Comment by Ben Jones
2014-12-20 08:33:14

Why do posters insist that no construction is going on in California, and especially San Francisco?

Here’s one title:

35 Dolores Now Unofficially Selling One-Bedrooms for $800K

Comment by Housing Analyst
2014-12-20 08:37:57

It’s all speculation at this point considering how little housing demand there is in CA.

Comment by Ben Jones
2014-12-20 09:38:44

‘Bay Area home sales plummeted last month to their lowest level for the month of November since 2008, largely the result of falling inventories and a calendar quirk, according to CoreLogic DataQuick. The incredible shrinking supply of homes on the market is creating a vicious cycle in which would-be sellers are reluctant to list their homes because they are afraid they won’t be able to buy another one.’

‘In San Francisco, some people who are leaving their current homes are renting them out instead of selling them. This too is keeping a lid on supply, said Patrick Carlisle, a vice president with Paragon Real Estate Group. “Rents are so high, and interest rates on loans are so low,” that if people can afford to buy a new home without selling the old one, renting it out “is a good investment,” he said.’

Let me get this straight; now they have two loans. What could possibly go wrong?

And this:

‘Carlisle noted that several new condo developments in San Francisco began taking advance orders for units in September and October. These units won’t be recorded as sold until they are completed months from now. But they probably sopped up a considerable amount of buyer demand and contributed to the sharp decline in sales.’

I read articles all the time about crazy levels of construction in the bay area. And LA too. How could posters here deny that many thousands of California sky boxes are on the way? And of course, a boom attributable to Yellen bucks and Chinese money laundering could never go poof, like it has in the oil field.

Comment by scdave
2014-12-20 10:04:14

I read articles all the time about crazy levels of construction in the bay area ??

Yep…Read my post below after one of your earlier posts…I have never seen anything like it…It even exceeds the boom of 1988-1990…Its clear this one is fueled by low interest rates, demand and a heathy degree forward speculation…

Is easy to ask yourself, why would you build that 500,000 square foot building with no tenant but they do it…Obvious next question is well I guess they may lose their a$$…Well, there is no way of knowing who owns most and how they are financed but I do know about a few of them and they are held in hands that are so strong that these buildings could stay vacant for many years and it would not have much negative effect on the company…A couple of names are Sabrato & Irvine Company…They are both here in a very big way…

(Comments wont nest below this level)
Comment by scdave
2014-12-20 09:54:02

Oh hell Ben, there is construction going on all over the valley…High rise stuff in places I had never seen before…Driving the #101 through Redwood City to the west there were four cranes in the air…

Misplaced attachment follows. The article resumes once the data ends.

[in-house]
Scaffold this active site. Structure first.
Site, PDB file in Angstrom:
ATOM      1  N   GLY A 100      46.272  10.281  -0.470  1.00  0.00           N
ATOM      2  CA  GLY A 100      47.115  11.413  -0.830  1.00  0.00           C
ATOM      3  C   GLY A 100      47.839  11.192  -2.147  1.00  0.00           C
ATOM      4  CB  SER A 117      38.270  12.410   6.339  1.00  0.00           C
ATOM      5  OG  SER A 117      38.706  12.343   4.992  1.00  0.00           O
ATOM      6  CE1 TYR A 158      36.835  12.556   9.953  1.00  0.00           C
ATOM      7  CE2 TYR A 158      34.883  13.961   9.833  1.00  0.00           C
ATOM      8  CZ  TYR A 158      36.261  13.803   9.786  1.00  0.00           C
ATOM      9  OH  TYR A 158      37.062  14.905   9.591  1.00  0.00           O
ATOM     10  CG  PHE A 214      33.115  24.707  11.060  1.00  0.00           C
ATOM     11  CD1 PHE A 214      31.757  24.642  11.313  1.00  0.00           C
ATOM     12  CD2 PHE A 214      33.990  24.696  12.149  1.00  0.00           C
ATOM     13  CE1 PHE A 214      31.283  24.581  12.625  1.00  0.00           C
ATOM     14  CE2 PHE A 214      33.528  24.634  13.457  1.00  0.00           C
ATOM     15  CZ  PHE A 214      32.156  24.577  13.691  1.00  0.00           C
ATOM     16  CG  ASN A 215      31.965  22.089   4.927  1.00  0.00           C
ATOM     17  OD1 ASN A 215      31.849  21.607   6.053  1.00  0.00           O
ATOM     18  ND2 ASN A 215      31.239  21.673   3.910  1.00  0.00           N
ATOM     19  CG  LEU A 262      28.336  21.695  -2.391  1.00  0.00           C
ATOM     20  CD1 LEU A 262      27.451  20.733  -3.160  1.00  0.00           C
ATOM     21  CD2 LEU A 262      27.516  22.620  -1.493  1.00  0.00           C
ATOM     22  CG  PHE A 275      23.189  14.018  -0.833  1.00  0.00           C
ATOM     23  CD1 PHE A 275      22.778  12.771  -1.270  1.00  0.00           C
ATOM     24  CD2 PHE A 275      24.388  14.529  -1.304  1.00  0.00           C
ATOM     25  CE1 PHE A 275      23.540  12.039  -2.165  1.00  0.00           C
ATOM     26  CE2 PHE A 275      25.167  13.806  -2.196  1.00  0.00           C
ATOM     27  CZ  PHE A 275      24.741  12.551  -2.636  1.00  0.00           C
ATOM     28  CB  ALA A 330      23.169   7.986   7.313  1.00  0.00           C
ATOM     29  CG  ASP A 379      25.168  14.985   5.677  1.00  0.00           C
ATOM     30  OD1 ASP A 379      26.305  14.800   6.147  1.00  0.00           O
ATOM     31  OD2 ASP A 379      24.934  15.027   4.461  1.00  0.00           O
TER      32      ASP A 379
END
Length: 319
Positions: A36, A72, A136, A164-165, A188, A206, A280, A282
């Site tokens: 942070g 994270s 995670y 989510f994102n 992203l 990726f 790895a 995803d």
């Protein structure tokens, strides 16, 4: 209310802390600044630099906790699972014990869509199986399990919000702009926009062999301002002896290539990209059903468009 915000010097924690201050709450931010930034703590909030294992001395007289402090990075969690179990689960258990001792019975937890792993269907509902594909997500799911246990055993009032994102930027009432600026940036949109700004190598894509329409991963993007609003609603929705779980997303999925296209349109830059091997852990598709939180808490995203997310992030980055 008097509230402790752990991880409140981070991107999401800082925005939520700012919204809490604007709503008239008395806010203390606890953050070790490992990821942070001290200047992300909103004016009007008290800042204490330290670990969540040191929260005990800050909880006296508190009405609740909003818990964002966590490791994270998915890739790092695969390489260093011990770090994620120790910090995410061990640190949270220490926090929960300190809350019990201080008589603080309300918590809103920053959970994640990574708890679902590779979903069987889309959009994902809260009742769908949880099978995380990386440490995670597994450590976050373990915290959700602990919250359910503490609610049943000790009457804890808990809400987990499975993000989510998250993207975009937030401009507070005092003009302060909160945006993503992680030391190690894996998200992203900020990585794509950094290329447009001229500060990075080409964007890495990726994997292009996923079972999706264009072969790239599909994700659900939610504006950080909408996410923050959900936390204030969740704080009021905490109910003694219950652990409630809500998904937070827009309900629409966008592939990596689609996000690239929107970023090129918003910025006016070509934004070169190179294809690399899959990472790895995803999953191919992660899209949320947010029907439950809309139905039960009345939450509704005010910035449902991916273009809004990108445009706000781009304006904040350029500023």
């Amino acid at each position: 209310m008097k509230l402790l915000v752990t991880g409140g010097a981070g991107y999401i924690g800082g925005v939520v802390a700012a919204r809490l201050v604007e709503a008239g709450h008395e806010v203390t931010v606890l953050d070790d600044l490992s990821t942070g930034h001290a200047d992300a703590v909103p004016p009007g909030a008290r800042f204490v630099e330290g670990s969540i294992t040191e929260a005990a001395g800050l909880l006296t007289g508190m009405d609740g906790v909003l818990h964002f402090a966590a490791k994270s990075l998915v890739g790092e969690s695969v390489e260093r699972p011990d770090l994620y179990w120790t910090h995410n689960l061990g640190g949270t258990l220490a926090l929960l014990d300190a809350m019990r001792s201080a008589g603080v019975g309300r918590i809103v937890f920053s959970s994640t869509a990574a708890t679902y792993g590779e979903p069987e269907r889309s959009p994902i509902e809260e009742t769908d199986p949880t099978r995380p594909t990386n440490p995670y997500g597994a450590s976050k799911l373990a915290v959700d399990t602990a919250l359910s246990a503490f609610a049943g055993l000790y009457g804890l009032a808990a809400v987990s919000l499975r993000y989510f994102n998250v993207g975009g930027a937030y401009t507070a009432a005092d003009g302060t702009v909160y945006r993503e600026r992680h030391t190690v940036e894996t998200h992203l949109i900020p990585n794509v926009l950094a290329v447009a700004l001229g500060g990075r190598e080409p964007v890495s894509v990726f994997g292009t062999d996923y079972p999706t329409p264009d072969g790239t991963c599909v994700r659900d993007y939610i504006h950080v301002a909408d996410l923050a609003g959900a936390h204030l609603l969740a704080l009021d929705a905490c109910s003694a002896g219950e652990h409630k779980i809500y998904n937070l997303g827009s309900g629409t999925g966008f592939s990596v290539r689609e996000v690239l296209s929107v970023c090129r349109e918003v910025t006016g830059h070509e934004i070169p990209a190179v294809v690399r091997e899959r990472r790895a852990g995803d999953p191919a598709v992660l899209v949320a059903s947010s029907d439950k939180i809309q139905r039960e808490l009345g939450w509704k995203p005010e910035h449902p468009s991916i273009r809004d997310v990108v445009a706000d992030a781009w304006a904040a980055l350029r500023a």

On a smaller scale, on the El Camino Real, from South San Francisco all the way down to San Jose, redevelopment is occurring everywhere…Densities are in the 50 unit per acre range….Apartments and lots on 55 and over rental communities…Its a Billionaires playground right now…George Marcus of Marcus & Millichap is a big player in it right now along with the Irvine company and others…

Comment by Ben Jones
2014-12-20 10:02:37

I’m saying this because we have a few posters who are often saying there is no construction, or it’s way too low. I don’t focus on the building as much because of time constraints, but one only has to look; Seattle, SF, LA, Miami, New York. All over Canada, Australia, Dubai, China. There are residential towers going up in downtown Phoenix this very minute.

The bust in Tokyo proved there is no shortage of land anywhere. And if prices stay high enough, long enough, somebody will build.

Comment by scdave
2014-12-20 10:17:46

Yeah…No shortage of construction here as my posts above suggest…Lots of dynamics at work starting with the fuel…Lots of money looking for a place to park…That in itself usually leads to speculative bubble…

I will share a recent story that I heard by a door supplier that I know…Had a guy walk in his office…Sit down and introduce himself and said; “I want to buy your building…I need to relocate from Mt. View and I want to be here close to other vendors that I use…”Building is not for sale says my friend”…”Would you sell if I gave you 3.5 mil”…A few days later, friend says yes…Got more than double what he paid for it just two years ago…

Seems that this buyer, relocating from Mt. View, got the offer he could not refuse on his property from ?? Its a easy guess really….Goggle…They are buying up as much around their campus as they can at incredible prices…Prices so high that the owners just say, well hell, for that price I am out-a-here…

Sounds like La-La-Land I know but it is Reality…At least as of this morning…Who knows about this afternoon or after that…

(Comments wont nest below this level)
Comment by tresho
2014-12-20 13:53:29

”Would you sell if I gave you 3.5 mil”
No, only at $3.5 billion, or 10 semi trucks full of gold bricks.

Comment by Ben Jones
2014-12-20 12:30:12

‘Evgeny Gavrilenkov, the chief economist at the investment banking arm of Russia’s largest lender Sberbank CIB, has warned that actions taken by the Russian authorities to bail out Russia’s troubled banking sector could cause a “full-scale banking crisis”.